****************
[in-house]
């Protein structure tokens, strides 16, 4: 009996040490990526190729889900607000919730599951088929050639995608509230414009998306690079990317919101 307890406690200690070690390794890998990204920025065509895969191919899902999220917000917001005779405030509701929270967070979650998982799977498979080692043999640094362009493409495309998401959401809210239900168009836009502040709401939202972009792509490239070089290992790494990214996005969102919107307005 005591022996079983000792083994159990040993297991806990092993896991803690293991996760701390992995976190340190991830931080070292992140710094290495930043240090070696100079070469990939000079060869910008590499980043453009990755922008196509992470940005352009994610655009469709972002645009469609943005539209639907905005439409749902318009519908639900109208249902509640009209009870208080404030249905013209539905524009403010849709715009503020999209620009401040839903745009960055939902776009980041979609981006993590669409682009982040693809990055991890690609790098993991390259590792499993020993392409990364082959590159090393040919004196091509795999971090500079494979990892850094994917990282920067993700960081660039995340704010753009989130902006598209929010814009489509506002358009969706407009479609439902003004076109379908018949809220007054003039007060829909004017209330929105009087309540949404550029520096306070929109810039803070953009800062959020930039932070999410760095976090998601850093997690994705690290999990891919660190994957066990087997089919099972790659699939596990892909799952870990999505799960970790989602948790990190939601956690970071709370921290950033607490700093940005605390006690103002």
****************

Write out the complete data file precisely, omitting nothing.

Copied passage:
[in-house]
């Protein structure tokens, strides 16, 4: 009996040490990526190729889900607000919730599951088929050639995608509230414009998306690079990317919101 307890406690200690070690390794890998990204920025065509895969191919899902999220917000917001005779405030509701929270967070979650998982799977498979080692043999640094362009493409495309998401959401809210239900168009836009502040709401939202972009792509490239070089290992790494990214996005969102919107307005 005591022996079983000792083994159990040993297991806990092993896991803690293991996760701390992995976190340190991830931080070292992140710094290495930043240090070696100079070469990939000079060869910008590499980043453009990755922008196509992470940005352009994610655009469709972002645009469609943005539209639907905005439409749902318009519908639900109208249902509640009209009870208080404030249905013209539905524009403010849709715009503020999209620009401040839903745009960055939902776009980041979609981006993590669409682009982040693809990055991890690609790098993991390259590792499993020993392409990364082959590159090393040919004196091509795999971090500079494979990892850094994917990282920067993700960081660039995340704010753009989130902006598209929010814009489509506002358009969706407009479609439902003004076109379908018949809220007054003039007060829909004017209330929105009087309540949404550029520096306070929109810039803070953009800062959020930039932070999410760095976090998601850093997690994705690290999990891919660190994957066990087997089919099972790659699939596990892909799952870990999505799960970790989602948790990190939601956690970071709370921290950033607490700093940005605390006690103002």